one of the virtues inherent to every The richest of these chambers is inhabitant of Dresden who lives in the cighth and last....it contains easy circumstances. With so many scarc ly any thing but jewels. establishments favourable to the in
During the last ten years, a ma struction of youth, it may be easily nufactory, or house of industry, has conceived that both the men and the been established at Dresden, where women are distinguished by an aga great number of individuals are reeable cultivated mind; the ladies kept at work, according to their especially are in possession of a lanrespective strength and talents : guage and a pronunciation, which this establishment is on a plan cal- have inexpressible charms for any culated to extirpate mendicity or one that has lived in the southern beggary, and after the models in the parts of Germany; their manners cities of Hamburgh, Kiel, &c. and conversation are replete with
Here are a number of public the most seductive graces, and, al
though great lovers of pleasure, they up an advocate for abolishing the cheerfully and successfully apply slave trade. But, blessings on my themselves to all the occupations of eccentricity, it would not suffer me their sex. The men are, in gene- to see and to think like other men, ral, very well-informed; many speak nor to speak in union with their conwith facility, and even agreeably, tented apathy. several foreign languages.
The horrors of a separation from We shall conclude with remark- the country in which the Africans ing, that, for some years past, an are born, this trade certainly is the air of discontent, a sort of vague dis- parent of. But consider, Mr. Speaktrust, has displayed itself more or er, how unmitigated their horrors less openly, and has gained ground are, how aggravated beyond the exon all classes of society, and indivi- ample of every other exile. duals of all ages. The schemes of The wretched African has no inpolitics, the divers incidents of the terval allotted, previous to his de- . revolution, the scourge of war, and parture, in which he can make a the progress of luxury, combined preparation for his journey, or prowith the still increasing
price of pro- vide a defence against the evils of visions, are the real and unfortunate the way. No tender adieus, no consources to which this temper of the solatory leave-takings set him forpublic mind may be attributed. ward on his road, or beguile the
tediousness of the passage with recollections that soothe while they
pain. Banishment is mercy to his EXTRACTS FROM A SPEECH ON lot. He is not banished; he is liteSLAVE TRADE, SPOKEN rally torn from his country, and from
every thing which it contains that is LEEWARD ISLANDS, MARCH, dear to him. 1798.
Children at play are caught up
by those who steal men. The weary COULD I, like other men, have labourer is bound while asleep, and beheld the wretched Africans expos- awakes tocaptivity from competence ed to sale by hundreds, in our Guinea and freedom. Wives in vain stretch yards, and satisfied myself with say- out their arms after their husbands ; ing, it is so, and it must be so....could and the eyes of the husband in vain I have reflected on the misery which linger for the grief and form of his they suffer, when torn from the coun wife. try where they were born, and the Not that all are free who are greater misery of their passage ac- brought to the West Indies from cross the ocean, which separates Africa. Many are slaves in their them from it for ever....could I have own country. But some are not so; witnessed their deaths, which almost and so susceptible is wretched man glut the grave, after their arrival of misery, that a single free born among us, and the melancholy worse African may realize in his individual than death which mark their path bosom greater woes than all I have to it....could I have witnessed the described. barrenness of our Creole women, I have directed, Mr. Speaker, four whose forms are moulded to fecun- Africans, purchases lately made by dity, the loss of our children at the myself, to be brought here to-day. instant of their birth, the mortality The first is a huge skeleton, who among our ablest slaves, their de- lives in my kitchen, and wallows in cay and death in th time of man- victuals ; but neither plenty nor exhood....could I have witnessed all cess can put an ounce of flesh upon this, and have satisfied myself with his bones. The second has never saying, it is so, and it must be so, I raised his head, or smiled, since I should not on the present day, and purchased him." There he is. Me. in the present meeting, have stood Lancholy has marked him for her VOL. II. NO. VIL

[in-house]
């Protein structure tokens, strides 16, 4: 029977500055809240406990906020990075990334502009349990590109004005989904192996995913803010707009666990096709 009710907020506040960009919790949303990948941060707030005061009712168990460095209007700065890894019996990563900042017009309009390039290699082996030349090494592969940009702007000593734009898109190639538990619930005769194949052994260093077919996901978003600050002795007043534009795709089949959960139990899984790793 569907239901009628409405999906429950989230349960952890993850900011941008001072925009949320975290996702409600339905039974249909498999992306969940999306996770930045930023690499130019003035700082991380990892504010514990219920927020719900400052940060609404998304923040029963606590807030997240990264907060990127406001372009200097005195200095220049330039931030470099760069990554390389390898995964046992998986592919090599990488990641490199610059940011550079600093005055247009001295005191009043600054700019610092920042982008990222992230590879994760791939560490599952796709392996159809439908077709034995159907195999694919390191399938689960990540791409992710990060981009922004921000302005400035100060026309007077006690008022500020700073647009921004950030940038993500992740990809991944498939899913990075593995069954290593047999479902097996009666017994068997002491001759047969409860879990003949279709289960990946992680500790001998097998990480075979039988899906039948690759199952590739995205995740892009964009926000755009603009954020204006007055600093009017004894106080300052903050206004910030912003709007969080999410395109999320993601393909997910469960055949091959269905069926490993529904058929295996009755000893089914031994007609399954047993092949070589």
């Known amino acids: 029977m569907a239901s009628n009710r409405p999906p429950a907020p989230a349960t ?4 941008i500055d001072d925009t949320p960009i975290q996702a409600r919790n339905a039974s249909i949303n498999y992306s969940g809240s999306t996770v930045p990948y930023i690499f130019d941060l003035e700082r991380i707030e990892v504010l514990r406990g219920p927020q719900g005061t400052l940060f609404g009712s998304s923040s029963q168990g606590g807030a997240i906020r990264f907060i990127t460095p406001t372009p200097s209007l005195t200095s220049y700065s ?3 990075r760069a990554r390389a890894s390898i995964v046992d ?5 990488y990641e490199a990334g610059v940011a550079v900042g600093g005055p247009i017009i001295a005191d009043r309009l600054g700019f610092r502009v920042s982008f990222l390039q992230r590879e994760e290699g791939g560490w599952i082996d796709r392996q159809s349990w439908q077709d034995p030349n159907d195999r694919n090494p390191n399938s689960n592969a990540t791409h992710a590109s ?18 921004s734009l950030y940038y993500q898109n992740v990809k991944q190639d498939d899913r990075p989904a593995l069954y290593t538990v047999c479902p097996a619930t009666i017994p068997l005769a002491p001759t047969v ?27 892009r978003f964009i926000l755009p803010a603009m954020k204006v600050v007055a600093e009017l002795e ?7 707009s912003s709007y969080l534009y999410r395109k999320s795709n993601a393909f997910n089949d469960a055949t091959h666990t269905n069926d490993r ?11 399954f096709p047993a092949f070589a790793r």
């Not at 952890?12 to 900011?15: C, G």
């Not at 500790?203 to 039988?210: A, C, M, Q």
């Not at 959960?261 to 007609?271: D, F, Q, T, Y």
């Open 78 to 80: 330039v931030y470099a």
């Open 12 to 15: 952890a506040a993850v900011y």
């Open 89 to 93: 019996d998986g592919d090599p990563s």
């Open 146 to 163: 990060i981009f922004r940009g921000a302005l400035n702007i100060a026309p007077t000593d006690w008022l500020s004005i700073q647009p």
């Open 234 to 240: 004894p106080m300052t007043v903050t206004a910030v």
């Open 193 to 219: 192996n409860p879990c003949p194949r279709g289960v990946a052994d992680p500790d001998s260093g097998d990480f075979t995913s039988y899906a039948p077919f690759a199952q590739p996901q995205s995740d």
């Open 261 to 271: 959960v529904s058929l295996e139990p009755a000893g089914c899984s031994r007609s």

own. The third is a woman....the ing colony upon earth, and gave the sickly victim of obstructions created signal to her mass of blacks to fall during her passage, lest the value of upon and butcher the whites. Inher purchase should be diminished. stantly they set at nought her twenty ....... These, and an experience which thousand militia, bid defiance to her the grave now covers, determine me regular forces, and the shipping in never again to contribute to this hor- her harbours ; ravaged her fields, rid trade. So may the great Father attacked her towns, and left her inof mankind prosper those who are habitants weltering in their blood. dearest to me, so may he bless my Such were the dire effects of the children, as I here swear, I will African trade on St. Domingo : and pot!
in the Leeward Islands, Mr. Speak. The fourth, Mr.Speaker, is a boy: er, it is the same tradle which me his father, who and a numerous off- naces us with the same horrors. For spring, had but little clothes to give it is this trade, with its dangerous them, sold him in exchange for a facility of procuring slaves, and the piece of cloth. Youth, thoughtless- treacherous submission of their deness, the frame of an infant Hercules, meanour, that has multiplied the render him superior to the evils of lurking assassins, till they swarm slavery. If this shocking trade is wherever the planter turns hiseres; still persevered in, it should then be it is this trade, that has excluded confined to children, who are too from his employment, and driven young, and too inconsiderate, to from his society, his white brethren; brood on the reverse which has it is this trade, which has cut him overtaken them. But no, it must be off from succour and from hope, , abolished. Though the father sold when destruction is at hand: when him, who knows the pangs the mo- death stares him in the face, and inther felt at their separation. Chil. dignities worse than death threaten dren leave behind them miseries and to precede it. regret equal to what the grown exile Hear then, thou thoughtless plantcarries with him, and in his bosom. er, these indignities which aggravate This trade must, Mr. Speaker, be the pangs of death, and shudder at abolished, unless every tender fibre the horrid trade which engenders of the human heart is to be explored, them, although thou dost not fear to that torture may be lodged in it. die. For it is true, that heroism,